Maloney adamantly defends this rule, explaining that if it didn't exist, students would be barraged with commercialism and advertisements. We don't blame Maloney for enforcing the rules. Like the vice principal in high school doling out D-hall sentences for excessive tardiness, Maloney only does the bidding of higher administrators, brandishing his paddle on request. But in a stunning contradiction, a truly profane document reached the Polemicist offices via post: a handbill announcing the "Annual Burger King Burger Battle Contest." It seems that the Campus Activities Office has released a mailing list for all 700 official student groups to Burger King for solicitation purposes. Not surprisingly, the group that purchases the most Burger King products wins the Burger Battle - who could ask for more?
This incident proves that UT's rules banning on-campus solicitation weren't imposed to control commercialism, but rather to control the flow of information on campus - and maybe sell a few burgers on the side.
Professors "are hired based on their teaching and are terminated based on their teaching," President Cunningham told an audience of UT parents at his recent "State of the University" address. The only question was whether he was lying or just displaying unspeakable naivete. Later in the speech, he answered it himself: He admitted that he must approve every hiring, promotion and pay-raise decision UT-Austin makes, which means that he was lying. In the history department, for example, pay-raise decisions are made almost solely on the basis of publishing. In a six-part form history profs are required to fill out if they want pay raises, only the sixth portion addresses the question of teaching; and even that had a disclaimer stating that measurement of teaching ability is "subjective," and therefore not a weighty consideration. Outside of the auditorium during the president's speech, students were carrying picket signs saying, "Don't let Cunningham lie to your parents." He did anyway.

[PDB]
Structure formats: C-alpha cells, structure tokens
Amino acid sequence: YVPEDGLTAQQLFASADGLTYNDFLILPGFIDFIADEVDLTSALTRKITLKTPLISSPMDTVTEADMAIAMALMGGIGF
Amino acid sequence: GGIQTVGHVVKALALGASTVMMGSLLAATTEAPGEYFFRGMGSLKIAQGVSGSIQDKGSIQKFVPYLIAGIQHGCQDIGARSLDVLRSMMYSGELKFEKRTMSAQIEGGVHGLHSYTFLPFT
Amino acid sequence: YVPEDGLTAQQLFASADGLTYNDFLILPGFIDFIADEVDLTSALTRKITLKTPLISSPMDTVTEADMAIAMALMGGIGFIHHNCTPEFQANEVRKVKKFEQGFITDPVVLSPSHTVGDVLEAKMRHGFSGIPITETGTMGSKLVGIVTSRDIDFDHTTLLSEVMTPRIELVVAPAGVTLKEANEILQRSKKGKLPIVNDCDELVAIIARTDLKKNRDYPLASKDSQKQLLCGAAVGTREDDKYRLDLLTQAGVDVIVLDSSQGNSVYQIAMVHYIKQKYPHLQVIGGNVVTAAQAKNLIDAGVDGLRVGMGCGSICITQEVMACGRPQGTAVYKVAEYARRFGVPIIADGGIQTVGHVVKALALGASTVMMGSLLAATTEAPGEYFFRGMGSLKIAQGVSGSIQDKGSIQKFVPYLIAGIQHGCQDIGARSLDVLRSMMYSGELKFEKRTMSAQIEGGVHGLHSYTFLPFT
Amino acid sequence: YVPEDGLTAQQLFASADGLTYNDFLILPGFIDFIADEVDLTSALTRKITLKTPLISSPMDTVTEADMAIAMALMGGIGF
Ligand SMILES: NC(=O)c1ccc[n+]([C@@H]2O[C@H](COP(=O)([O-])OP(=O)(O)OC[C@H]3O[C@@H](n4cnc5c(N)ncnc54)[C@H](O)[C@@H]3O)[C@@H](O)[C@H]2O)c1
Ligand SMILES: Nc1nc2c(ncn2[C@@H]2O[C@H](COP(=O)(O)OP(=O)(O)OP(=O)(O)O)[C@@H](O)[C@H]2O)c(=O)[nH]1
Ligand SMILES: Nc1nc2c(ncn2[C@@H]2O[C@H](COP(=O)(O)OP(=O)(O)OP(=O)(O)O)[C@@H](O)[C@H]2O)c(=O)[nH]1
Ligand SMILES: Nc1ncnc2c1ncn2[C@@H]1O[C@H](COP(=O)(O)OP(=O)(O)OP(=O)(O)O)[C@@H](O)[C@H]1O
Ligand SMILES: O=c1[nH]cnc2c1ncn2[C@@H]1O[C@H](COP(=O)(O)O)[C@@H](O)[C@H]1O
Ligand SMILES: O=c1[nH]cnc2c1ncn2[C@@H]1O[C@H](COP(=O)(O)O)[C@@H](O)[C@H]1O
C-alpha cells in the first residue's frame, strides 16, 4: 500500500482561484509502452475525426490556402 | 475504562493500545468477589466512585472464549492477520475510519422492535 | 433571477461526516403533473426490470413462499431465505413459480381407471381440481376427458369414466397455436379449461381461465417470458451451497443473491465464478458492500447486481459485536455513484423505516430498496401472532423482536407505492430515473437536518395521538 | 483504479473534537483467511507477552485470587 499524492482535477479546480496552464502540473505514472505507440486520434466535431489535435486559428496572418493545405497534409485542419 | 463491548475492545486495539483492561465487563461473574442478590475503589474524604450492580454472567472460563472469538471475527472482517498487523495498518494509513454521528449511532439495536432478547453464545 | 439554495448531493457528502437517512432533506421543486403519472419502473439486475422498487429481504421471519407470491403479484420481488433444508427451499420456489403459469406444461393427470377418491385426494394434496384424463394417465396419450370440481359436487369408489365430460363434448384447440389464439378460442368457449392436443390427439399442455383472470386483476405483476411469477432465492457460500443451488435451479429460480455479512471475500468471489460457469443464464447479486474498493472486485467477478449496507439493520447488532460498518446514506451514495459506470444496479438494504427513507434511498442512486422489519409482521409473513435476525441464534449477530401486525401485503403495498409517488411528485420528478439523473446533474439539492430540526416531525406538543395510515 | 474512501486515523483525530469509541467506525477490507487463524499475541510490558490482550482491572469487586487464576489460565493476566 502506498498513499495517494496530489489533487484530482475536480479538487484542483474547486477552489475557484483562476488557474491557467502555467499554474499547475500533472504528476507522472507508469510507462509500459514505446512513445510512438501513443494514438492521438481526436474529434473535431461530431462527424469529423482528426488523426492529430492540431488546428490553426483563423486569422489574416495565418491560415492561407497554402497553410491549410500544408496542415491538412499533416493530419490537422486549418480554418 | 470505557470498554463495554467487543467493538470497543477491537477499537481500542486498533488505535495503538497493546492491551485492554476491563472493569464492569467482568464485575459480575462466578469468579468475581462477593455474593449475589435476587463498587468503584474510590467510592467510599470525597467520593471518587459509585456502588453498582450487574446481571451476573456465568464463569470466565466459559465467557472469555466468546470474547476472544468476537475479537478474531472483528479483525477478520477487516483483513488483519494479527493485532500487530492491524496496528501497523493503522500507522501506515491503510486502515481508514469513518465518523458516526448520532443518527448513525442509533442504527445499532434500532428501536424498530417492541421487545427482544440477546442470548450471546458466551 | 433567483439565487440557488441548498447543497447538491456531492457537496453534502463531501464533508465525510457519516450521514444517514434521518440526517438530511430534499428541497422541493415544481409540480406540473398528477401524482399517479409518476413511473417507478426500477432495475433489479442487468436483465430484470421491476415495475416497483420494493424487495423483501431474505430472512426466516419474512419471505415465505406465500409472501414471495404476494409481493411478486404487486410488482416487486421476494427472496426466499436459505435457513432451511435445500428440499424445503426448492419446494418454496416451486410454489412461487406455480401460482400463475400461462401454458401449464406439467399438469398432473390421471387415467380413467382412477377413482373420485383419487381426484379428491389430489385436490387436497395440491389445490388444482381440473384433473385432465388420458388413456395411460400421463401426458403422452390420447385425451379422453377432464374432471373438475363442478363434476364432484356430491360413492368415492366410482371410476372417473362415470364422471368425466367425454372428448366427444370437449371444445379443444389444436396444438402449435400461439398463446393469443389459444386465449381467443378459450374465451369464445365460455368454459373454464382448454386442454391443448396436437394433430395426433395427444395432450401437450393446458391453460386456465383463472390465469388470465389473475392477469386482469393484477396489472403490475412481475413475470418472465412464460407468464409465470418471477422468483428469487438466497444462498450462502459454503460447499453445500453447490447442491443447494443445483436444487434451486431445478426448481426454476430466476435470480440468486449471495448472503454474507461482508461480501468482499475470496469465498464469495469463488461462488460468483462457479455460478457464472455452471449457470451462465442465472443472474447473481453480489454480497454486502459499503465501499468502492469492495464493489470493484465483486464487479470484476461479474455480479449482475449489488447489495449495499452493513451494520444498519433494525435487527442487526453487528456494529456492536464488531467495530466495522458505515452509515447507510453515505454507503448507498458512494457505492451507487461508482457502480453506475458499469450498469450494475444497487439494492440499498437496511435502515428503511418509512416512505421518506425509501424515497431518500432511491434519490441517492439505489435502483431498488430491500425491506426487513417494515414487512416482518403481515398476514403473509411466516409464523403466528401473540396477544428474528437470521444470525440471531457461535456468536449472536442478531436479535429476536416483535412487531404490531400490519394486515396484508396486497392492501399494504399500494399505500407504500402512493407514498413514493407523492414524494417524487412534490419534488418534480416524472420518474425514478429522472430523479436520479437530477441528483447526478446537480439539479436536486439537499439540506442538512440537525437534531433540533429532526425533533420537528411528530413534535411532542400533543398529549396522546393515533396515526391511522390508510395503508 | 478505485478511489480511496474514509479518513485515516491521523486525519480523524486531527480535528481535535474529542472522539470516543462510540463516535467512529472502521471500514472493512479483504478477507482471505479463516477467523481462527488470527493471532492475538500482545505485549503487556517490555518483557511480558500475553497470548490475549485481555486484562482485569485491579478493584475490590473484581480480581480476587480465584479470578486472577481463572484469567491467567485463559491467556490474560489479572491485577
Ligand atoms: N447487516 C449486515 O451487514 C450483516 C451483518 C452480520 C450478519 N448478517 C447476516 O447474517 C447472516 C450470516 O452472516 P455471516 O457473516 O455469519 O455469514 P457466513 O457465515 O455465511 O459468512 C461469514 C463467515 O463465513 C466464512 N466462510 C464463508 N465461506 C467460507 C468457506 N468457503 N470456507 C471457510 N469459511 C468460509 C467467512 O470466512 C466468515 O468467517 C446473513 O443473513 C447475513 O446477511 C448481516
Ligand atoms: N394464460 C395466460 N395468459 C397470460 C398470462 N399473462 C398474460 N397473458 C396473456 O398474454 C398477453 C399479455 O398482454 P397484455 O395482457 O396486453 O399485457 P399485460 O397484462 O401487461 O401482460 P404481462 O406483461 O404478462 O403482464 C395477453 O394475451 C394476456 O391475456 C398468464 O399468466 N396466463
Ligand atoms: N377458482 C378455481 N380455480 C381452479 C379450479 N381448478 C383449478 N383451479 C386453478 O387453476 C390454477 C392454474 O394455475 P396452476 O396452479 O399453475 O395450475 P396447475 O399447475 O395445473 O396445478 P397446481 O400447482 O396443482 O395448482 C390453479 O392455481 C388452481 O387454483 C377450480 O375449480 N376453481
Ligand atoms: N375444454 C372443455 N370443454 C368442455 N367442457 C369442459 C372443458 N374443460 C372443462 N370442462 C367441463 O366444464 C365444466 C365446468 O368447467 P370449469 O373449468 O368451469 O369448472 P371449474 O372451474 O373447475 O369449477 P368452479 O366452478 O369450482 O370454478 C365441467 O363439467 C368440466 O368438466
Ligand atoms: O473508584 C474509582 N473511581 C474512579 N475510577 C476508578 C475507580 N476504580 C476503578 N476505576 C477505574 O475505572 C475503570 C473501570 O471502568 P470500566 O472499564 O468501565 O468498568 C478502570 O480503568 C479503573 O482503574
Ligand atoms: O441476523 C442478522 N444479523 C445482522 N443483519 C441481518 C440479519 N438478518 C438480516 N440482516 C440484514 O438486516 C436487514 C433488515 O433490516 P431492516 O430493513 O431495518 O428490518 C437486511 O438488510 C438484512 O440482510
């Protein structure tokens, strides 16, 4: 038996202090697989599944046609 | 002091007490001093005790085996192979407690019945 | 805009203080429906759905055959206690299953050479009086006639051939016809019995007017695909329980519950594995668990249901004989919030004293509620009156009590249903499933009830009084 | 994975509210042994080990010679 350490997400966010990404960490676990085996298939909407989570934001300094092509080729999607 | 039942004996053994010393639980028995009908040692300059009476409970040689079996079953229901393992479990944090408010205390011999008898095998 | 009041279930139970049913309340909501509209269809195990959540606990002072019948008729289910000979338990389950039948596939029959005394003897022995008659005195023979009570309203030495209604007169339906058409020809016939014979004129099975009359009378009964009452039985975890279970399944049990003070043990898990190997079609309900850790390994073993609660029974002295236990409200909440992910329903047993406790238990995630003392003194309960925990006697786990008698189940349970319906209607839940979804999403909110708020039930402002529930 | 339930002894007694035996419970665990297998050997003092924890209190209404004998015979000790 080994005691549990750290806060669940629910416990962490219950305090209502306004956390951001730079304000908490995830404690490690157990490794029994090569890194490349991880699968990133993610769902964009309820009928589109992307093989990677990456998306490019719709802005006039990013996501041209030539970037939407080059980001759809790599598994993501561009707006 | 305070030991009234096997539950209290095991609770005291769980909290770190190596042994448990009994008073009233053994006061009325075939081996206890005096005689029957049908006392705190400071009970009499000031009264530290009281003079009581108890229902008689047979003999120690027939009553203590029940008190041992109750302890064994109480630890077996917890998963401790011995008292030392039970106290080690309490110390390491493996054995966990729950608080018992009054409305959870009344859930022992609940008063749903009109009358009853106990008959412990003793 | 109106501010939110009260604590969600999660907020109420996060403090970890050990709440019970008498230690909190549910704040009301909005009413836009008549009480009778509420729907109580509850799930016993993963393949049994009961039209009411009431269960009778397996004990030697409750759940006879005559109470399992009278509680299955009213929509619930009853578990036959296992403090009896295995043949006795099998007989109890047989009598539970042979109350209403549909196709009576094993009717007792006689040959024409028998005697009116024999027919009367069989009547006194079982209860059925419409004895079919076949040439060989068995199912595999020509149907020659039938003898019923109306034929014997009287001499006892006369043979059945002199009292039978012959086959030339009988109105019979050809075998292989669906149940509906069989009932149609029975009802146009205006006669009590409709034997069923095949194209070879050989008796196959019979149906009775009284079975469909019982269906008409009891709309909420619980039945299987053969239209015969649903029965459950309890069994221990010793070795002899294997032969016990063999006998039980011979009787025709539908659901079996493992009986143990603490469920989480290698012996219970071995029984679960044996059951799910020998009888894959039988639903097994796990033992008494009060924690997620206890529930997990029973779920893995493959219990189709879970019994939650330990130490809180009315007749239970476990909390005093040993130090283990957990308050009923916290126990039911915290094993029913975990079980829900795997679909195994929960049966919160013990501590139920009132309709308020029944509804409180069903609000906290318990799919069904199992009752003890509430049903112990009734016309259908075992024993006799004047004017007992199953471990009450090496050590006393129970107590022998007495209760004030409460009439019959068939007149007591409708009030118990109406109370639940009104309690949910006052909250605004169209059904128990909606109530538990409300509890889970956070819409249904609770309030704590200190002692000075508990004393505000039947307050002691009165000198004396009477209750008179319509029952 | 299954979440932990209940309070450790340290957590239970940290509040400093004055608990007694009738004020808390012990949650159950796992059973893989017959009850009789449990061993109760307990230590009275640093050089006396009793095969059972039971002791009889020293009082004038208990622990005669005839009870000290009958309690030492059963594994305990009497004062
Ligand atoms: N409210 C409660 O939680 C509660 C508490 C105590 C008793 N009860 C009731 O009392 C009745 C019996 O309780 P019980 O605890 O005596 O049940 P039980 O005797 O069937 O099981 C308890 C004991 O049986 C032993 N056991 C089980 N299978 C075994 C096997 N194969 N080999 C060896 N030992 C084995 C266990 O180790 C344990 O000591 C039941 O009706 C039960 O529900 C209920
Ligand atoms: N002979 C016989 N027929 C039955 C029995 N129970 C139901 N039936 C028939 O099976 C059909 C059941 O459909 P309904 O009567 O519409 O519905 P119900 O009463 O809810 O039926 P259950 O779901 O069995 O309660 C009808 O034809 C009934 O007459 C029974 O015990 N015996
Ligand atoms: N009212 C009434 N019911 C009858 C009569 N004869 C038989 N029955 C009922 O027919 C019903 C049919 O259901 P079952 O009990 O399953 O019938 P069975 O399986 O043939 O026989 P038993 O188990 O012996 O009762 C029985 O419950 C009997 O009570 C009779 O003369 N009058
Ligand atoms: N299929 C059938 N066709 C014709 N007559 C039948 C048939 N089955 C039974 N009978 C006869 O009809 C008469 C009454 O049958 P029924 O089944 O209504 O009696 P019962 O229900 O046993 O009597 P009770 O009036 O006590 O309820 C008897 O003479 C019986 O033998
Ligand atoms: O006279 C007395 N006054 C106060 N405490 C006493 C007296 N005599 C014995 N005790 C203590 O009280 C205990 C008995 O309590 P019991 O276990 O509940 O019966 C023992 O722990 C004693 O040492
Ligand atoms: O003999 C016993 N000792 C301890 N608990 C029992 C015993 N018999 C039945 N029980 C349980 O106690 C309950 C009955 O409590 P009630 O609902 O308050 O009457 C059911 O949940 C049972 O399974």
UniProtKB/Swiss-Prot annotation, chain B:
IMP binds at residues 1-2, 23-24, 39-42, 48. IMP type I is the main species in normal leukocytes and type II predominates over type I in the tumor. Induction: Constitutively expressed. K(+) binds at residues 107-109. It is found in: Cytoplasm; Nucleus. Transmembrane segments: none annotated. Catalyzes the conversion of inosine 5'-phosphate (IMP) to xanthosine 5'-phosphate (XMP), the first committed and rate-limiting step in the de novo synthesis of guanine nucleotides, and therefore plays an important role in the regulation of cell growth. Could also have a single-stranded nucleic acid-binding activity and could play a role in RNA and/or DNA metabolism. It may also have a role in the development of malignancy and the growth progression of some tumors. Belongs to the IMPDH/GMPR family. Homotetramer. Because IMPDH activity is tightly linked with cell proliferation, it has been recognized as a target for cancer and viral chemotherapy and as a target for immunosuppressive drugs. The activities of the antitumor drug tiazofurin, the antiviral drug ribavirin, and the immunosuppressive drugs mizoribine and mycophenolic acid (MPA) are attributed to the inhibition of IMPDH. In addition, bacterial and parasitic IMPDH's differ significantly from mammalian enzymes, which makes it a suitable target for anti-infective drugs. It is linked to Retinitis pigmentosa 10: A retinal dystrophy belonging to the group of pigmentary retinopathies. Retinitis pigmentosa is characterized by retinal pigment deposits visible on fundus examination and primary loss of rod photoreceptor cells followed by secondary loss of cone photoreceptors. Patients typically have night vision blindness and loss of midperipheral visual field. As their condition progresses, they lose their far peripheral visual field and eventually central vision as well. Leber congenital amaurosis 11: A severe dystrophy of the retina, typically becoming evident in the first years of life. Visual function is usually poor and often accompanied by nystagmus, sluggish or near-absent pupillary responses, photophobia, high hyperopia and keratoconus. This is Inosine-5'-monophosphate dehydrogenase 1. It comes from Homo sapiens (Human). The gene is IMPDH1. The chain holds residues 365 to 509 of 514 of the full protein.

We've said it before, but this man has no business running a university. He's not a scholar, he's a businessman. He lies when it's convenient. He maintains his rule by dividing students and pitting them against each other. He channels UT resources into funding military capital instead of hiring teachers. His idea of confronting problems like racism or understaffing is to form a committee, not make a decision. He should be fired, but students don't have enough clout to do that, Instead, we should harrass him on an individual basis until he leaves of his own accord. The Texan already printed Cunningham's office phone (471-1232), but feel free to call him at home, too (328-2285). Stop by his home, or maybe send him a Domino's pizza: his address is 1106 Kennan Rd - don't be embarrassed, UT picks up a $5500 per month mortgage tab for him, so it's your house too.